The start of a $50 million renovation of Rocky Hill High School was marked Friday by a ceremonial groundbreaking ceremony.
Work during the initial phase of construction will add a new 22,979-square-foot wing to the rear of the existing building. The space will be used for band and chorus, a recording studio, home and visiting team locker rooms, a fitness room and a multipurpose instructional room.
Students will be given entry to the building through the wing through a new bus loop in the rear of the building.
Voters approved the project in June 2012. The successful referendum followed a report by the New England Association of Schools and Colleges that cited the building's numerous shortcomings and threatened its accreditation.
The consensus among state and local officials who attended Friday's groundbreaking was that the day was long overdue.
"This was a long process. We've been talking about this for 10 years,'' board of education Chairman Frank Morse said.
He noted that planning for the high school's needs has been going on through the past four chairmen, Democrats and Republicans, and that it took a community-wide effort, sparked by Stay Accredited, a grassroots advocacy group that worked for passage of the referendum, to reach Friday's kickoff.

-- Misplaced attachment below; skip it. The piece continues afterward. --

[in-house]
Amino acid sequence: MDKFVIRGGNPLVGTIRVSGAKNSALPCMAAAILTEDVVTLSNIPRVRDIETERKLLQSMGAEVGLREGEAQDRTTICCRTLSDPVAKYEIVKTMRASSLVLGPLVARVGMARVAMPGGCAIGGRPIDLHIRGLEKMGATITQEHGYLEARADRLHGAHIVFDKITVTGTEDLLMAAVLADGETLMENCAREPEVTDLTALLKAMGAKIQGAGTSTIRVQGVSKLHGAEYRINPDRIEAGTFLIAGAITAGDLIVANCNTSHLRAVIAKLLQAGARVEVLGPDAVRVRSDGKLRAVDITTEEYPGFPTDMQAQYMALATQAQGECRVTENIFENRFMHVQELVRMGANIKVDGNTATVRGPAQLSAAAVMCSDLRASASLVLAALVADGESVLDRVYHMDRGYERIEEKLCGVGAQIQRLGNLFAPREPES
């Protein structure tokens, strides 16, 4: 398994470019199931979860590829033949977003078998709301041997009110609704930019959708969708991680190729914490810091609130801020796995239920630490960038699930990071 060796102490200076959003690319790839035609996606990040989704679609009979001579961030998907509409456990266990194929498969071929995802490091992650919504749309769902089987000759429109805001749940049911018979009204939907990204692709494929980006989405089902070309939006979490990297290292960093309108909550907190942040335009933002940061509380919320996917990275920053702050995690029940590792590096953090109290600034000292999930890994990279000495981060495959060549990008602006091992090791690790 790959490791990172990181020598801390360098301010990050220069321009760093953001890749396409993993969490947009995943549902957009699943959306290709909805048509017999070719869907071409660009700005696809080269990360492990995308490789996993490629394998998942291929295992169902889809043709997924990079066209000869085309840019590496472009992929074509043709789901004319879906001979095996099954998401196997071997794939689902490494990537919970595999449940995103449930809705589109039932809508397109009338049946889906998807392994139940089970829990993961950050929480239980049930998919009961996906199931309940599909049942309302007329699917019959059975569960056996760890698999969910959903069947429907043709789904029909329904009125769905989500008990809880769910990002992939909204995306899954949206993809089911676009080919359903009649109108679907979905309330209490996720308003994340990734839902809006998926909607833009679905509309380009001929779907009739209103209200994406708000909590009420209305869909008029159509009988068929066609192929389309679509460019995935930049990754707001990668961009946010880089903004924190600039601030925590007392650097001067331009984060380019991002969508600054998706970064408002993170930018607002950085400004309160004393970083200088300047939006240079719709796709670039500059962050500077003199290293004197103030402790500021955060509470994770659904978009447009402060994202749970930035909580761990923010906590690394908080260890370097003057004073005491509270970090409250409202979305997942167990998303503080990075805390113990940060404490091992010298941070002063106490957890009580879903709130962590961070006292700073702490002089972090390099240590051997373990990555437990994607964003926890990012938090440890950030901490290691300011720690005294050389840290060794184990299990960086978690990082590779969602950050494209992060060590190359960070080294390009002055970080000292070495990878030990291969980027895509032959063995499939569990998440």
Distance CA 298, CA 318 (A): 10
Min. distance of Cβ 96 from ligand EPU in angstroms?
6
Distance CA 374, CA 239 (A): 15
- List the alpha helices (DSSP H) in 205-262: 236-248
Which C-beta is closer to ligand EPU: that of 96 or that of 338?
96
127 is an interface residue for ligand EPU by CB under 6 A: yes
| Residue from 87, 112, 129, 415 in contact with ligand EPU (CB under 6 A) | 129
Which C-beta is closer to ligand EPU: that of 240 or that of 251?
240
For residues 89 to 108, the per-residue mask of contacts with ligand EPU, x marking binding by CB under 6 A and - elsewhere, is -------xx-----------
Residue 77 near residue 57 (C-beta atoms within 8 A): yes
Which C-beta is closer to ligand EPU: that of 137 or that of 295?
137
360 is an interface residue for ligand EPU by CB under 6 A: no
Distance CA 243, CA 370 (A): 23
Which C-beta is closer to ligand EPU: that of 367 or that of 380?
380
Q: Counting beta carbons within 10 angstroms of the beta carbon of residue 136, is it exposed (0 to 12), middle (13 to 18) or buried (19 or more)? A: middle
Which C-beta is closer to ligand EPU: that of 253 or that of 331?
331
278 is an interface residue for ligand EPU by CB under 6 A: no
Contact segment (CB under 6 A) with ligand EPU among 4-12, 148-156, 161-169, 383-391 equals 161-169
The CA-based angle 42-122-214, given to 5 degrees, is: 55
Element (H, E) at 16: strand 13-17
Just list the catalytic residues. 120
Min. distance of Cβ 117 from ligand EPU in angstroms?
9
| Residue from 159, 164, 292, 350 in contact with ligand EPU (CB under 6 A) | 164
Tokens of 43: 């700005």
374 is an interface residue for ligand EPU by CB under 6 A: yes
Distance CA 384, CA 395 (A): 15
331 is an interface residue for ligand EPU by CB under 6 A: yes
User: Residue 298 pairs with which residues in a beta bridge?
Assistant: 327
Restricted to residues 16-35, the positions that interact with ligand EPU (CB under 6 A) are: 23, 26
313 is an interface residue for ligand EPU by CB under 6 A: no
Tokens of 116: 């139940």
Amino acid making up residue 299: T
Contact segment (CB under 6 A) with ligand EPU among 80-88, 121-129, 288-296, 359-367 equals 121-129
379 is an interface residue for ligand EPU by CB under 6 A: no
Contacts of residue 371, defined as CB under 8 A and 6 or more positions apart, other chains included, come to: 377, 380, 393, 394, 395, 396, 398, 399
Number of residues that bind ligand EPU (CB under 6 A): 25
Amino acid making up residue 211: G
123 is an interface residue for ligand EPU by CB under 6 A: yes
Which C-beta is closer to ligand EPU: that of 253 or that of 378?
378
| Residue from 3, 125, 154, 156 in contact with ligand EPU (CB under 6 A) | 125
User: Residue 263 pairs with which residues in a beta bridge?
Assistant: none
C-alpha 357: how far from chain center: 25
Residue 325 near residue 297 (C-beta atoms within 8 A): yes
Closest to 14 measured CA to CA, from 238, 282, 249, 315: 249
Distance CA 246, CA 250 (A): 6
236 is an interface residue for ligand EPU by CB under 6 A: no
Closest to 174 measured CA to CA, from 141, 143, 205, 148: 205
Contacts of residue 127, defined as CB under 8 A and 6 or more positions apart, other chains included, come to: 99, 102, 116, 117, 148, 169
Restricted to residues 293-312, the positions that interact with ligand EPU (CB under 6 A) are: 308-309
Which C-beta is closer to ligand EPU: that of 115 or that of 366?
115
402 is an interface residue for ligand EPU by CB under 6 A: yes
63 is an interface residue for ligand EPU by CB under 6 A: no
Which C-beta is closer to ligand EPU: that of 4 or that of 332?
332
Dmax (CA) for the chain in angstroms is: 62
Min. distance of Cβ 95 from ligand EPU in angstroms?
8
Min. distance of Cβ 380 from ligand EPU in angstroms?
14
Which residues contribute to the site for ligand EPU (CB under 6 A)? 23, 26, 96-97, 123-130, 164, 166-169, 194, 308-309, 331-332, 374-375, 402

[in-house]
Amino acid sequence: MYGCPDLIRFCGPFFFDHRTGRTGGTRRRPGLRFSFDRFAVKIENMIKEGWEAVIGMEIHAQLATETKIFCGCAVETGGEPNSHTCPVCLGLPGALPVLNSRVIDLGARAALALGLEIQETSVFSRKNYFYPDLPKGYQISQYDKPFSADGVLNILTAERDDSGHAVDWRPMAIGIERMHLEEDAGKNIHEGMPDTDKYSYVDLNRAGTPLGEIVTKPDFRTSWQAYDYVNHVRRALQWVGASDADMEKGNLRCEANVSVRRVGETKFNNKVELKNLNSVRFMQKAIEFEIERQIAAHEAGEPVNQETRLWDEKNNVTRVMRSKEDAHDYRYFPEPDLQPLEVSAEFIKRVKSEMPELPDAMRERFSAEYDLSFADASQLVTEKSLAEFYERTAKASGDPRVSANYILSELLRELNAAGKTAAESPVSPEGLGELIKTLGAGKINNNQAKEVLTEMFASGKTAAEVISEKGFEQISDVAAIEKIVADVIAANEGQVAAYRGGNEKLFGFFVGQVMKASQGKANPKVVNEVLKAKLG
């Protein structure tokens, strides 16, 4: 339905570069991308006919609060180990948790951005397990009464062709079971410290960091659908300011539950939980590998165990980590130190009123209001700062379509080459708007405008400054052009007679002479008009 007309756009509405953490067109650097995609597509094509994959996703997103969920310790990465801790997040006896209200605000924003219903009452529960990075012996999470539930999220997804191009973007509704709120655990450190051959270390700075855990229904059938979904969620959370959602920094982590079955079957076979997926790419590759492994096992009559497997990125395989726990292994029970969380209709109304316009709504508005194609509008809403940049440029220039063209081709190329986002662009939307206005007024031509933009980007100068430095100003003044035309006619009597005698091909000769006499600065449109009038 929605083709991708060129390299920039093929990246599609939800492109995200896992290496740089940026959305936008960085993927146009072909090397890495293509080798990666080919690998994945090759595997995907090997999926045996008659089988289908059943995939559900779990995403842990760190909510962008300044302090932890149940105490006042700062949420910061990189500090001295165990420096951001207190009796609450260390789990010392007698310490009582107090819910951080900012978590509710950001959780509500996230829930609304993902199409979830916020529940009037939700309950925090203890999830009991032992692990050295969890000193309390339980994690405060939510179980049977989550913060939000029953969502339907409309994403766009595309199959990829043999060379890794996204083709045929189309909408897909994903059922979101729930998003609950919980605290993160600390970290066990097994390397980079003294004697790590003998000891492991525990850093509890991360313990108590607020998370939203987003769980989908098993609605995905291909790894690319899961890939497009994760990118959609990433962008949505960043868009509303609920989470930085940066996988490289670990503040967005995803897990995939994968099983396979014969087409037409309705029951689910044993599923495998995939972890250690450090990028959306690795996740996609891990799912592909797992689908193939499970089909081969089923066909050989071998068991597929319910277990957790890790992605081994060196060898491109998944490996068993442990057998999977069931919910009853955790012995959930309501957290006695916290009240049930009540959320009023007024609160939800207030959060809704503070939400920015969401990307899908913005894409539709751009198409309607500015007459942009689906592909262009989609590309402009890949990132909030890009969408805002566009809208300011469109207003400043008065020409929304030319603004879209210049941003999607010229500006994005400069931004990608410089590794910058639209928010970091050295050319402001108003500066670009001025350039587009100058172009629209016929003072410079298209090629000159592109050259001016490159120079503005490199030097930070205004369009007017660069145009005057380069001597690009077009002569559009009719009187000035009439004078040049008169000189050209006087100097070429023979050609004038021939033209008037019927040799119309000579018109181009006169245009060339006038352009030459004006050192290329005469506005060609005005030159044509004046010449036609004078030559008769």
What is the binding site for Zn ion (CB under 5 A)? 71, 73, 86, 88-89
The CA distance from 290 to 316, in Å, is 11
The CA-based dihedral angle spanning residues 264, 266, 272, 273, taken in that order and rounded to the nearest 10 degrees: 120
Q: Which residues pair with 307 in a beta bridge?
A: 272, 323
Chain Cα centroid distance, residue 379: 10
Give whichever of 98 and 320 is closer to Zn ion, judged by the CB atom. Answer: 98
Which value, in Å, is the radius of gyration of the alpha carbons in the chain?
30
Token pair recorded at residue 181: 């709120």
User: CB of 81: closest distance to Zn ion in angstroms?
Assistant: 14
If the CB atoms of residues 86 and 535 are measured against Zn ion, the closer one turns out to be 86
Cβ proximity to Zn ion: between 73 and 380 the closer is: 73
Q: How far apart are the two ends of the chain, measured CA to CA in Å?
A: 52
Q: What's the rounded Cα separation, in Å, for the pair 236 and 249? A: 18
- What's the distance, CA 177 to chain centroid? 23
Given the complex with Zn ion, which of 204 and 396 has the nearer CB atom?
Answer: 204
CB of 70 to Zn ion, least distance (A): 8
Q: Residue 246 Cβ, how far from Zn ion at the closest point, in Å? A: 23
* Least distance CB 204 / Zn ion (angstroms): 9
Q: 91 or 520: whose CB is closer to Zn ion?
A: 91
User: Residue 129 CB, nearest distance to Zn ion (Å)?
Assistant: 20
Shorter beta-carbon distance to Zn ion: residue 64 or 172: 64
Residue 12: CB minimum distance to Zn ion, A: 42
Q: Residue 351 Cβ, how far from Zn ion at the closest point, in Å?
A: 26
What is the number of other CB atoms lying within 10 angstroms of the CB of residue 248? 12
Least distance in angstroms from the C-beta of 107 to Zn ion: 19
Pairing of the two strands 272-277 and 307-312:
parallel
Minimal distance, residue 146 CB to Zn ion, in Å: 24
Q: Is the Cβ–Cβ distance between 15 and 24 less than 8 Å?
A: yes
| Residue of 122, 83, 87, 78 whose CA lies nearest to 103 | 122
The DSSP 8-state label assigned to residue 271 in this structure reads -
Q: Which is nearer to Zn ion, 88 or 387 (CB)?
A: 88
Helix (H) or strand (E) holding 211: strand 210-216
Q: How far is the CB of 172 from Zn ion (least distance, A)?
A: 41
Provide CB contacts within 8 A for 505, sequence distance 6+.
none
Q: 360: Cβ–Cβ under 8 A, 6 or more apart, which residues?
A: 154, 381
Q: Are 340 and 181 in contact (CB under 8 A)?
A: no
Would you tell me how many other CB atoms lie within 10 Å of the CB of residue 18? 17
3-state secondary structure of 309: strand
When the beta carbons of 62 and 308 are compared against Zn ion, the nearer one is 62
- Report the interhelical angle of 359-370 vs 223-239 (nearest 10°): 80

The project budget, originally set at $45 million, has risen to $50 million. An additional appropriation to cover the shortfall was secured at the close of the legislative session.
Ken Biega, assistant vice president of O&G Industries Inc., the construction manager for the project, said the schedule calls for much of the work to be done in the evenings, weekends and over school breaks to minimize disruption to students and staff.
The renovation will be done over five phases. Renovation of the existing building is scheduled to begin in January and will continue until completion in Sept. 2017. Exterior work, including replacing the front parking lot and construction of a new graduation area, will begin in the summer of 2016.
School Principal Mario Almeida said he communicates regulary with the principals at Wethersfield and Berlin high schools, which are in the midst of similar projects. The byword for staff and students, he said, will be patience.
The fall sports season, football in particular, will be affected by the construction. The home team locker area has been relocated in the building and no visiting locker space is available. "This will be a tough year,'' Almeida said